How Much Should You Give?

Prosociality has a price.

Posted Nov 12, 2020

"Give him an inch and he'll take an ell." — J. Heywood (1546)

Experiments in psychology and economics are designed to capture what is essential in everyday behavior and to bring to light the mental processes that make behavior happen. Much interpersonal behavior involves elements of attempted influence, bargaining, or negotiation. A famous demonstration involves the foot-in-the-door effect, where a large request follows a small one, and compliance with the large request is thereby increased (Freedman & Fraser, 1966). Able manipulators get from their targets what the targets don’t want to give and without them knowing that they are being had. In contrast, the ultimatum game can stir up strong emotions. The taker can offer an unfair deal and get away with it if the inequity is not too large (Güth et al., 1982). Yet, resentment may linger in the ultimatum’s wake.

The foot-in-the-door effect and the ultimatum game are simple in design and elegant in execution; they have each deservedly stimulated a wealth of research. Many interpersonal encounters are more complex, though, and we often struggle to map them onto a familiar paradigm. Here is an example: Alpha is planning a reading of her new book to a group of 50 bibliophiles. The event is closed, but a bit of space with extra chairs can be arranged. The reading is scheduled for a Saturday morning at 9:00. Omega is an acquaintance of Alpha’s. Om has her own reading group and Al thinks that members of Om’s group might also enjoy Al’s reading. Al offers to make five additional seats available but asks that the additional attendees sign in in advance and commit to showing up. Om, however, says she will notify 10 of her group members of the opportunity and leave it to them to either come or stay away. The event is, says Om, scheduled for 9:00 a.m. after all, so attendance is uncertain.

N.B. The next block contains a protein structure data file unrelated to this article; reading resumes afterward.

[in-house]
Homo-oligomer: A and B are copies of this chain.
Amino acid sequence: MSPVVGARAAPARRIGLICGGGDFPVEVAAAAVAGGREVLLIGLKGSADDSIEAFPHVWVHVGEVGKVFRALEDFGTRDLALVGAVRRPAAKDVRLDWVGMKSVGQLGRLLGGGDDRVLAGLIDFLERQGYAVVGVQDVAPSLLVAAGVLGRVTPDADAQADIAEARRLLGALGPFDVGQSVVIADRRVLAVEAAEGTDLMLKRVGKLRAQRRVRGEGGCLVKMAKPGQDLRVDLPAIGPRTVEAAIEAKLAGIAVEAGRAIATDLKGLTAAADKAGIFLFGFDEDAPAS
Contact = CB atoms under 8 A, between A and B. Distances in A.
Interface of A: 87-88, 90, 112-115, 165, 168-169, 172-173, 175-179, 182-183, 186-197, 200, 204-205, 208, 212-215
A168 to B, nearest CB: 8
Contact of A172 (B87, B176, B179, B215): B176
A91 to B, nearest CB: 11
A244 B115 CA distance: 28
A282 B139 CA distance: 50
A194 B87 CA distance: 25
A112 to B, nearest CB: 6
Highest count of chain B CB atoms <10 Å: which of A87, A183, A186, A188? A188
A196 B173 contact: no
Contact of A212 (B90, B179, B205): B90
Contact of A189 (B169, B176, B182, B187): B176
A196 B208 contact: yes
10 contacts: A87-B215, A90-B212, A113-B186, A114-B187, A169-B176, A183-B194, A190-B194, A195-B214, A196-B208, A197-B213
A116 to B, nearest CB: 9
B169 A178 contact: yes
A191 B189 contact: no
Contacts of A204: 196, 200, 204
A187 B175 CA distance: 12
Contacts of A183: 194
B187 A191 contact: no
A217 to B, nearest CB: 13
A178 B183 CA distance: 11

Al dislikes Om’s alternative, while Om thinks her proposed modification is fine. In Om’s view, what is in play is simply opportunities. Whether they are taken or foregone is up to the choosers, that is, the would-be additional attendees of Al’s reading. Al, in contrast, has to consider the prospect of unpleasant self-conscious emotions. Since Al has created the extra opportunity, it being taken or rejected will reflect on its perceived value. The worst possible outcome is the lack of any additional attendees after room for them has been made. This outcome is analogous to a dictator game where the receiver (as in the ultimatum game) has the option to refuse an offered share because it is not "good enough," but without the dictator losing any money – only face. In our scenario, Al invests to create prosocial value only to find herself in a position of emotional risk. Om, perceiving a no-harm-no-foul situation, fails to take Al’s perspective. Instead, she thinks that Al is being improperly demanding when asking for any interest in attending to be backed up by a (no-cost) commitment to appear.